The Citizenship (Amendment) Act of 2019 triggered a nationwide debate about illegal migrants and the claim to an Indian identity, but for over fifteen years before it was passed, the citizenship regime witnessed numerous developments that set the stage for the controversial law. In 2003, with LK Advani as the home minister, the Bharatiya Janata Party government under Atal Bihari Vajpayee proposed amending the Citizenship Act, 1955 to introduce a category of “illegal migrants” into the law, who would be prevented them from getting Indian citizenship. At the time, the law did not specify any exceptions for refugees fleeing persecution, treating them all as illegal migrants alike. With the CAA, the Narendra Modi government brought religious differences into the legal framework, protecting only six non-Muslim minority refugees from three neighbouring countries from being considered illegal migrants.
Yet, data that the home ministry has presented time and again before the parliament indicates that there was no real necessity for these changes to the law. Despite not being a signatory to the United Nations legal regime awarding protection to refugees, India had maintained policies that granted—at least formally—security to individuals fleeing persecution. In fact, the Indian governments had also introduced a system of granting long-term visas to certain migrants, which helped them obtain Indian citizenship as well, and thousands had already done so before the enactment of the CAA. Given this context, it is unclear why the BJP government chose to bring an amendment to the Citizenship Act and why it refuses to revoke it even after nearly two months of continuous protests against the move.
The original Citizenship Act of 1955 provides for acquisition of citizenship through four ways—by birth, descent, naturalisation and registration. In 2003, the Vajpayee government introduced the amendment that inserted “illegal migrants” to the legal framework, defined as those who either entered the country without valid documents or who entered with valid document but remained in the country beyond permitted time. The amendment bill also stated that illegal migrants would not get citizenship though naturalisation or registration, which was the only available route for migrants to gain citizenship. It further stated that a person born in India after commencement of the 2003 act, either of whose parents was an illegal migrant, would not be an Indian citizen.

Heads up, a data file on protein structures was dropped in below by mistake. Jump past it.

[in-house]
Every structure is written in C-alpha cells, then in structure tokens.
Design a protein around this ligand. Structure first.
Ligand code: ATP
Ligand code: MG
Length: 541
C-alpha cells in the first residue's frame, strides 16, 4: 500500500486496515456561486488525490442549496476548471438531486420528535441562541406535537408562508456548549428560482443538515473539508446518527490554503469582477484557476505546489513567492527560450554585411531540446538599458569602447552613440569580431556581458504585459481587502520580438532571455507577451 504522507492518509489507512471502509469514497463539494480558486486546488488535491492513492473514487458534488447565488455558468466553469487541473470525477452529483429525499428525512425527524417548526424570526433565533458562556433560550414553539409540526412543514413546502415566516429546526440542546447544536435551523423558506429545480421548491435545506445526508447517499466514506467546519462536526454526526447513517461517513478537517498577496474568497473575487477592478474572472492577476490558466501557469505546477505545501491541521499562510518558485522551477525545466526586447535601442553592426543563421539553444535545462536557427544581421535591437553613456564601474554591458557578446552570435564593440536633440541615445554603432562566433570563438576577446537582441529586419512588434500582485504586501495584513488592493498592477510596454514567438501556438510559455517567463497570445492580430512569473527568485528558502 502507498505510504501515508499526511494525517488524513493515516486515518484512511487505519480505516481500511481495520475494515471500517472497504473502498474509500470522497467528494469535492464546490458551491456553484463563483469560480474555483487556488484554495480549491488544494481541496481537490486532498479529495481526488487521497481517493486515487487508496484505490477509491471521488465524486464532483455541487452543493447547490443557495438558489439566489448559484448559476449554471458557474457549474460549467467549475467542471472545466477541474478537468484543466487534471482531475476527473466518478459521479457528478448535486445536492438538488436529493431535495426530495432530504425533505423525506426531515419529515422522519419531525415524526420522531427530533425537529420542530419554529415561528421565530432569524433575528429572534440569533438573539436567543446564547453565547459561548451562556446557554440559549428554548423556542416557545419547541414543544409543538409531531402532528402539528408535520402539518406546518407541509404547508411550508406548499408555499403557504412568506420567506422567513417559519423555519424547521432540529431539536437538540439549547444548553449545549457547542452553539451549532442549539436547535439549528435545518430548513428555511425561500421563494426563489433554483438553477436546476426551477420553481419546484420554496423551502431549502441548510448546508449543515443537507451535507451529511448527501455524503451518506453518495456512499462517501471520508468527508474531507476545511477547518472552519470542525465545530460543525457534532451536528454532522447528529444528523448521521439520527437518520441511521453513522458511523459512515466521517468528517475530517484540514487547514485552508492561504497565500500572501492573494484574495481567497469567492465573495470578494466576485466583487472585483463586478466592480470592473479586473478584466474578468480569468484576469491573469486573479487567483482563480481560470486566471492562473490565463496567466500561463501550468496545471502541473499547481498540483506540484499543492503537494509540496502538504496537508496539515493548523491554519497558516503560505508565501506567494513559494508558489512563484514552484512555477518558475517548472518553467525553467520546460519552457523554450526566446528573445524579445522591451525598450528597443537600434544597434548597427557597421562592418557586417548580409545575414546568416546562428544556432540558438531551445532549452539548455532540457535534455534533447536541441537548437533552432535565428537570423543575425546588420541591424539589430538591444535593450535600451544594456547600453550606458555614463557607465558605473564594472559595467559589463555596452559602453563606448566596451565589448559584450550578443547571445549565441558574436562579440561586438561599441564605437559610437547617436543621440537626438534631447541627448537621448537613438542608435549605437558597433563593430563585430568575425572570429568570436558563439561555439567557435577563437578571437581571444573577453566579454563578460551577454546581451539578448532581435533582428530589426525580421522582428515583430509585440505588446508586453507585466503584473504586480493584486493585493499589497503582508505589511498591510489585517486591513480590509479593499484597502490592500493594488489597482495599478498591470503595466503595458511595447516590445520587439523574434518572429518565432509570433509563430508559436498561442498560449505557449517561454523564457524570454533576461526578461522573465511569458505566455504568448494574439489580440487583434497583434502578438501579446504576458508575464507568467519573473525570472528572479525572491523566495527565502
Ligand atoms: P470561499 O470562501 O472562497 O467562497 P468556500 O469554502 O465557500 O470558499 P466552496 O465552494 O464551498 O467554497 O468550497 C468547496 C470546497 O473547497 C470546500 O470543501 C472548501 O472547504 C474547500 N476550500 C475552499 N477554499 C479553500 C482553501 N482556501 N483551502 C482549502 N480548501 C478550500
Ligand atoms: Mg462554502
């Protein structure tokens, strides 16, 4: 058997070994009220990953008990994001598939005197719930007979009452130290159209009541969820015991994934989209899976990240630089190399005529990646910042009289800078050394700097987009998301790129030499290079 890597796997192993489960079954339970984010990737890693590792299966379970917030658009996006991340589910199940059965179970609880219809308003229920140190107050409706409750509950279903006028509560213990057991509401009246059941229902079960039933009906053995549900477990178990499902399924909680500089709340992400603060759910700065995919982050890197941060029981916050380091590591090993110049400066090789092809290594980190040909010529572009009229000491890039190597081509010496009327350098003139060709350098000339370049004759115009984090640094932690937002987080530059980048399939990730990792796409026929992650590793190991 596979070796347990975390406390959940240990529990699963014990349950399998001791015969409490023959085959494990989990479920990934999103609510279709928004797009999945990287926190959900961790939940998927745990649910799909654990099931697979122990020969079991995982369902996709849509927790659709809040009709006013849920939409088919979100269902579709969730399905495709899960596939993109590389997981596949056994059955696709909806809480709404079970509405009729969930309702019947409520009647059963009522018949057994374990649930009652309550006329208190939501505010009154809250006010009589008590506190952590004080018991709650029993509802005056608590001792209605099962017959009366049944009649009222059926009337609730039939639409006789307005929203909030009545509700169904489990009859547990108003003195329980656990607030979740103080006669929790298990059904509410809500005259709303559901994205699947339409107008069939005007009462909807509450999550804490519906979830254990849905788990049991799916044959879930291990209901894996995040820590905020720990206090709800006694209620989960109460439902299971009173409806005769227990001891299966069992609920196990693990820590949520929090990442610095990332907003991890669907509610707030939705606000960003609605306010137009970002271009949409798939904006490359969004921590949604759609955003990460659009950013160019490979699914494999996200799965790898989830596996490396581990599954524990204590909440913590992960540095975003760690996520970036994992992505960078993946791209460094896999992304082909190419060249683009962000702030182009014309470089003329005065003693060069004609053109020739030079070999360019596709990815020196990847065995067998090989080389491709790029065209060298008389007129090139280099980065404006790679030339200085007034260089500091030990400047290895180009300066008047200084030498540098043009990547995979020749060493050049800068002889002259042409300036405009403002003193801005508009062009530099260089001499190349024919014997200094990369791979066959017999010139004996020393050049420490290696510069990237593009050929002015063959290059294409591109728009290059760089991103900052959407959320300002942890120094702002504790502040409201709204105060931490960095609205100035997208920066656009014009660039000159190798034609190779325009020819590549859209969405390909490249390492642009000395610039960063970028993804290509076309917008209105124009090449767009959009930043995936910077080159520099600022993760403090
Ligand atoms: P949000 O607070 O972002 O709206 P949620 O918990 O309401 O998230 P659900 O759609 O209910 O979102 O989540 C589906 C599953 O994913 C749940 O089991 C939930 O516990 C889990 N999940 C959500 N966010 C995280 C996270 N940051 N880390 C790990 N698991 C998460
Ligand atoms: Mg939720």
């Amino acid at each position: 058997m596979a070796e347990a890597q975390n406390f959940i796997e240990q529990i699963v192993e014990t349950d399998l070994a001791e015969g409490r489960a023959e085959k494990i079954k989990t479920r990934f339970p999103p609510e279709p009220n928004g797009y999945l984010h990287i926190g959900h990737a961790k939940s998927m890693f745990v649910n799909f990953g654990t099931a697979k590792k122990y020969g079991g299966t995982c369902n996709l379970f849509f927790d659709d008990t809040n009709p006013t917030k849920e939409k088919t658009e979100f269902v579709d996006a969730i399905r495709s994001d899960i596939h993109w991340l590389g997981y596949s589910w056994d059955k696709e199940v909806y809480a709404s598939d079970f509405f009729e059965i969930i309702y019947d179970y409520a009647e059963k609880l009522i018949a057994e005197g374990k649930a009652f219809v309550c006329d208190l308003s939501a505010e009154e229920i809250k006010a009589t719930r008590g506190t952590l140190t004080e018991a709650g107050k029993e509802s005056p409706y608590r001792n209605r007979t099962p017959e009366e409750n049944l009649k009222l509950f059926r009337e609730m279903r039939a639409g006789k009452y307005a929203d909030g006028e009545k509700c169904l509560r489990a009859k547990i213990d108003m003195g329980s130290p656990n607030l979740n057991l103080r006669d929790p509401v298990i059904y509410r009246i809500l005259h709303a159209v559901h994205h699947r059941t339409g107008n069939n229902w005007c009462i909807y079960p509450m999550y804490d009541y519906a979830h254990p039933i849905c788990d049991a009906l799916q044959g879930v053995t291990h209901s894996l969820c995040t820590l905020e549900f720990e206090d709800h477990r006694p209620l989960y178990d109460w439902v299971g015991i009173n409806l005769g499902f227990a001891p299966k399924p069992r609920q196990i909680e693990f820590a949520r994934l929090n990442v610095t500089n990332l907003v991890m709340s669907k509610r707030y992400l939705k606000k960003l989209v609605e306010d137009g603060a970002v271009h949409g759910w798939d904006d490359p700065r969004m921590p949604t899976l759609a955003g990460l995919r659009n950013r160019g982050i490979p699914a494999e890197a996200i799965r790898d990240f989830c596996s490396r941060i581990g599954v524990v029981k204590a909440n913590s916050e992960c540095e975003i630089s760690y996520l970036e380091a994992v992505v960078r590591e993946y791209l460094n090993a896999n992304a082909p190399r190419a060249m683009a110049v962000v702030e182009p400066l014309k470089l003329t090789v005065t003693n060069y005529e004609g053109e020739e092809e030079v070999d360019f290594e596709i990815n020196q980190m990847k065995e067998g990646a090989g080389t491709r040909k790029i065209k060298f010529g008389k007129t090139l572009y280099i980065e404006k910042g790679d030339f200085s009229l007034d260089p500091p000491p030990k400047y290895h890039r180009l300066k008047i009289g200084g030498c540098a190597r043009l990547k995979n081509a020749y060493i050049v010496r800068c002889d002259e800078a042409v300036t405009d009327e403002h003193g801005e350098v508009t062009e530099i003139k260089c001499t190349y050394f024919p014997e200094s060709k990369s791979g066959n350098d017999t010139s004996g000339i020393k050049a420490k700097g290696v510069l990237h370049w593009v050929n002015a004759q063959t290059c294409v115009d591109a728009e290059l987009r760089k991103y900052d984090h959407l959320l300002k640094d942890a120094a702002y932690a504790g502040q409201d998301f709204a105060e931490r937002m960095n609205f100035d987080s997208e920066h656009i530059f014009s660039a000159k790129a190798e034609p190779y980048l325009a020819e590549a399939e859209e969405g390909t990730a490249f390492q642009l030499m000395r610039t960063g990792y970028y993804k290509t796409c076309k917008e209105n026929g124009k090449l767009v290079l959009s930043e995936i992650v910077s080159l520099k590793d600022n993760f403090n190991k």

In May 2003, the bill was sent to the parliamentary standing committee on home affairs, where several concerns were raised on the proposed exclusion of illegal migrants. Over six sittings, between June and December that year, the committee heard representations from various stakeholders on a variety of issues, including, as the report noted, the “constant influx of refugees from neighbouring countries due to civil commotion and religious persecution.” Different organisations expressed concerns that these refugees would be detected and deported following the proposed amendment. In response, the home ministry clarified that refugees who entered India fearing persecution in their home countries would not be forcibly sent back.
The committee submitted its report, adopted by all members without any noted dissent, on 10 December 2003, upholding the proposal to exclude illegal migrants. It recommended that “all humanitarian assistance” must be extended to individuals fleeing persecution, and that the Indian government should put diplomatic pressure on the neighbouring countries “to create conducive atmosphere … for early return of the refugees.”